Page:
Code Talks at IBM

Senior VP Steve Mills discusses the origins and future of the IBM Software Group.

Steve Mills
Although the IBM Software Group was officially announced on Jan. 10, 1995, it was actually put in place in 1993. Now, 10 years later, it is the leading software developer in the world. eWEEK Senior Writer Darryl K. Taft sat down with Steve Mills, senior vice president and group executive of the IBM Software Group, to get his take on the groups origins and future—particularly given its latest acquisition of Rational Software Corp. The interview spanned two conversations, including one at the companys recent developerWorks Live! Conference in New Orleans.

Where did the idea for an IBM software group come from?

The idea of creating a true software business within IBM predates the creation of the Software Group. We began to build out our portfolio in the early 90s when Janet Perna went off to build the DB2 workstation offering in 1991. We delivered in 1993. We delivered products like MQ and what had been our VisualAge tool set in the 1992, 1993 time frame. So there were some activities that had taken place prior to the creation of the software group, which occurred in 1995.

I think one of the important things that occurred was that Lou Gerstner came into the company, and although not a technologist, it was fairly obvious to him that if you wanted to have a software business you were going to have to have a lot of specialization in the marketplace beyond your developers to be successful. It was sort of an applied technology. You just dont buy it and plug it in; youve got to put it to use. It requires skill and expertise to sell it and implement it. So there was a real need for field structure in support of a growing software business. And Lou saw the economic benefits of a growing software business, so he bought into the idea of having one. He pushed the sales leaders in the company to begin to build up a software sales capability in 1994. That didnt go very quickly. He then tapped John Thompson to help form the Software Group in 1995.

So in 1995 we then collected up the field sales structure and we made it a part of the software group and we built a sales team that the software group managed and created the sales plans and incentives and career paths and everything else for. That began in 1995. And today we have 14,000 people in customer-facing field jobs. And that includes the classical sales reps, the technical support specialists, the IT architects, telesales and 2,500 laboratory services people that are part of my organization doing implementation work. So its the largest direct customer-facing sales team in the world that is dedicated entirely to software. Continuously weve built out the portfolio through combinations of build from within as well as acquisitions that weve made. So its taken quite a long time. In the early days it was getting the foundation in place.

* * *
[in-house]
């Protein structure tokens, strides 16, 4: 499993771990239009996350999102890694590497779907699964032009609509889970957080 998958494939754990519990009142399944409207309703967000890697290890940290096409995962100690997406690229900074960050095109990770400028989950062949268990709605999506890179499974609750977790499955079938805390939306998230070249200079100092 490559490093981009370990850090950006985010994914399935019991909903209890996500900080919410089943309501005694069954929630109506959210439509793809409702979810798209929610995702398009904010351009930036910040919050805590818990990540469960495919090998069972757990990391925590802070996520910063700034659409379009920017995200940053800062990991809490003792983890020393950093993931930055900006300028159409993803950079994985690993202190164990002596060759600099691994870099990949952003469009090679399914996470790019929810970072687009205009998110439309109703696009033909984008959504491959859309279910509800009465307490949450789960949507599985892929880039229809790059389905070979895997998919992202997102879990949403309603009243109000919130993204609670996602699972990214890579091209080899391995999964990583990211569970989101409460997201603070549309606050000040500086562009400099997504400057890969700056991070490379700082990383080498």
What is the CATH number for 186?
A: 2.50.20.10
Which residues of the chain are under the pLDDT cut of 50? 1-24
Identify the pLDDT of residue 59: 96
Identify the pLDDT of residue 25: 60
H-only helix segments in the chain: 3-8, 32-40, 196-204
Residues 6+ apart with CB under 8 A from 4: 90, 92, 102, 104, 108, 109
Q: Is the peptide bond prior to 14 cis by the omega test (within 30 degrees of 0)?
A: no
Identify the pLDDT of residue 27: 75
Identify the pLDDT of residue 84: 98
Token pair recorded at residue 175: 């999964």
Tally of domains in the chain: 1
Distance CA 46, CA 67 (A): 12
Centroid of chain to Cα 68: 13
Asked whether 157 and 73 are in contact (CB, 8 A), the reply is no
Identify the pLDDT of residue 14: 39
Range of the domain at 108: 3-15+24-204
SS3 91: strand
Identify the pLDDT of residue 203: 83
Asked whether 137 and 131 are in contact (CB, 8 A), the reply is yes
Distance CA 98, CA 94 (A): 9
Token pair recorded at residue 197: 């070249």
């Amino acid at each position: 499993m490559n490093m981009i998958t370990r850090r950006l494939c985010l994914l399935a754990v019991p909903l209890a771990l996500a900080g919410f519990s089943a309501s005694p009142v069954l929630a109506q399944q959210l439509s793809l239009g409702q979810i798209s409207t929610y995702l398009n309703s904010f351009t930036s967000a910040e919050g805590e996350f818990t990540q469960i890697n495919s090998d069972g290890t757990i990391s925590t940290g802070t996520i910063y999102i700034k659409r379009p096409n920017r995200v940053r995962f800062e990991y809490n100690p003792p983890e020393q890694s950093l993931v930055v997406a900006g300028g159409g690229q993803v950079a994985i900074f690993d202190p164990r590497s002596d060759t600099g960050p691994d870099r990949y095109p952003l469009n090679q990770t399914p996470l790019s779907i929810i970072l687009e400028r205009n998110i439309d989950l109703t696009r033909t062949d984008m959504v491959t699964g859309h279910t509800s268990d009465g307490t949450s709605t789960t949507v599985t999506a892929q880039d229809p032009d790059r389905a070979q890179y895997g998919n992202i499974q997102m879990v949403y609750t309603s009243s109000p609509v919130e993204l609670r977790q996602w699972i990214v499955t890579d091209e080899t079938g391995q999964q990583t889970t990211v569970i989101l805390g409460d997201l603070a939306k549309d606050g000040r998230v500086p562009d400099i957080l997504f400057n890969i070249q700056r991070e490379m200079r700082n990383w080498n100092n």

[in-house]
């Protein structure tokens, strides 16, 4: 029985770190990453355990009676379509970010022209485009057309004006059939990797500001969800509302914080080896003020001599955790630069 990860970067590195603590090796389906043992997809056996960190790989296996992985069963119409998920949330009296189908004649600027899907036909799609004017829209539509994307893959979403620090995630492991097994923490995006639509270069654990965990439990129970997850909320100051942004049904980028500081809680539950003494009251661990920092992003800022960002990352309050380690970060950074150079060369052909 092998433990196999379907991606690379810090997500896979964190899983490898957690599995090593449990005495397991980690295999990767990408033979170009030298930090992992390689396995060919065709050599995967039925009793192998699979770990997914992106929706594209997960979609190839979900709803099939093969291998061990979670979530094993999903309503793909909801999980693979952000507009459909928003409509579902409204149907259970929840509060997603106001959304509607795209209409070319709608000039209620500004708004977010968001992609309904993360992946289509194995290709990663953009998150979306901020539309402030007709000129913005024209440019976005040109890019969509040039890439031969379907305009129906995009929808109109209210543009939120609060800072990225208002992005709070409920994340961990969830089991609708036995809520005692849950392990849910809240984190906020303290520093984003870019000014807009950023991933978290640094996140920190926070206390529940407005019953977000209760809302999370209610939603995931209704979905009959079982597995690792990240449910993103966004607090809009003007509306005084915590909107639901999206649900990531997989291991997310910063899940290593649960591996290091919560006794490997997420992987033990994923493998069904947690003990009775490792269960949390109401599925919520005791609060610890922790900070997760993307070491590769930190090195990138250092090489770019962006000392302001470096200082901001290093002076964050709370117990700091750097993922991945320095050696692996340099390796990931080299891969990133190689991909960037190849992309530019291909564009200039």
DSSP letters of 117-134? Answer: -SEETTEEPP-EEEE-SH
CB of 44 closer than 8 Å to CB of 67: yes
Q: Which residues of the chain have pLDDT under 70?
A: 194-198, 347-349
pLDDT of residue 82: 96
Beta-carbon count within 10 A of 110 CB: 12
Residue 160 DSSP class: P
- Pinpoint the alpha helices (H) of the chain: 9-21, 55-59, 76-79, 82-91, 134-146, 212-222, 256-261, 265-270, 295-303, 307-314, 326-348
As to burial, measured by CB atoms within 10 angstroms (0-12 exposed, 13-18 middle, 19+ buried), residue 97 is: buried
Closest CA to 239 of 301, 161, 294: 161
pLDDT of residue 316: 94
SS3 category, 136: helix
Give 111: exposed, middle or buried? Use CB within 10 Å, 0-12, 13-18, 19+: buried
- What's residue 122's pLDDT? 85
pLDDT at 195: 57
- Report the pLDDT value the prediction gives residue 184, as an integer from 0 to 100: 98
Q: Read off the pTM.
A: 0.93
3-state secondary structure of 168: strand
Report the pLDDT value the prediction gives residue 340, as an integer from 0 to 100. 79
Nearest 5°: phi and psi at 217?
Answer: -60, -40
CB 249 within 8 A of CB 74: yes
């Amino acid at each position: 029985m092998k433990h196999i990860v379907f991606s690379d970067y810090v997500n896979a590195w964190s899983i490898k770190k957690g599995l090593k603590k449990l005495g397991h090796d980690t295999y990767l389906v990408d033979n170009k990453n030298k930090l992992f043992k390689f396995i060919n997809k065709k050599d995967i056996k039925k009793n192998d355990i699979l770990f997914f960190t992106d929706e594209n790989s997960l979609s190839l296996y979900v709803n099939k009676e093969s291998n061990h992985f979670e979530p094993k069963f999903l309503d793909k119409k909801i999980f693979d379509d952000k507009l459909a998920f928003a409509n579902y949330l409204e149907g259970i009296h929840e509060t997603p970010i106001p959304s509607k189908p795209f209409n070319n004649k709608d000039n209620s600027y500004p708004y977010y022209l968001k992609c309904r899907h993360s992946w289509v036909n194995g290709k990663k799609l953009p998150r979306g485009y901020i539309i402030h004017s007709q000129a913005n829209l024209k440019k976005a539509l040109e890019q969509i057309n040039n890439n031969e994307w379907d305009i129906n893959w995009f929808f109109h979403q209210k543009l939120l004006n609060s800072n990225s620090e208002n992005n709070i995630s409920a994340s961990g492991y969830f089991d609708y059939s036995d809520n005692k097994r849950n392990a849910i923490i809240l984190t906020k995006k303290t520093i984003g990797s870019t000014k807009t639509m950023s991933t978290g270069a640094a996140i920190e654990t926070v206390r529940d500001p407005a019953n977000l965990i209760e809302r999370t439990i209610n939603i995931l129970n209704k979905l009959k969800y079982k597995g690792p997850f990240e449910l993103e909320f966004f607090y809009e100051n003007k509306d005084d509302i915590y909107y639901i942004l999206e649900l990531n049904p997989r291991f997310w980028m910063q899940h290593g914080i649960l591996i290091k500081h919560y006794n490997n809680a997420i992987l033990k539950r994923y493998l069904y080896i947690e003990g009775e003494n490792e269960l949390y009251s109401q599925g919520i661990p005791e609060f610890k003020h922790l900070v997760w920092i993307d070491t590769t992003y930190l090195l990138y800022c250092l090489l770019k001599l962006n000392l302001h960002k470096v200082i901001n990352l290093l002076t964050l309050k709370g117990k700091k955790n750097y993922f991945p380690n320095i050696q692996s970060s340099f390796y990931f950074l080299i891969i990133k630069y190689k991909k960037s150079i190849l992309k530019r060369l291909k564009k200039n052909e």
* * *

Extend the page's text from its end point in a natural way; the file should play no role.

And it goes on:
How do you think your message has resonated with developers?

The developers just dont show up, they come to you because they see the market is buying your products, that your products are becoming popular and that youre a market maker. The core runtime offerings—WebSphere, DB2, MQ, Notes—are critical to build a large base around. Then you attract developers to that base. Developers are attracted to something. The something is not a tool; its a business thing. They choose the tools that match the nature of the application youre trying to build and the application youre trying to build it for.

The popularity of Linux is helping us greatly. Linux is taking the place of Solaris as the popular operating system in universities.

What do you make of Microsoft backing off on its .Net naming and branding scheme?

Its kind of obvious that they came up with this sort of architecture brand name. You cant buy .Net. Its kind of an umbrella thought. And whenever you launch those kinds of things, youre stuck with making it mean something. Customers want to know, "What do I buy?" And I think they struggled with the problem of what to tell customers to buy. They were calling everything such and such .Net, like SQL Server .Net, Windows Server .Net, which has been changed. So I think they struggled with some brand imagery and concluded that it was getting in the way of clear communication about what the customer should buy today. You dont want to launch one of these architecture brand names and have people wait years to get the products that conform to the architecture. And Microsoft is still a long way away from delivering all of the .Net services that make up the .Net vision.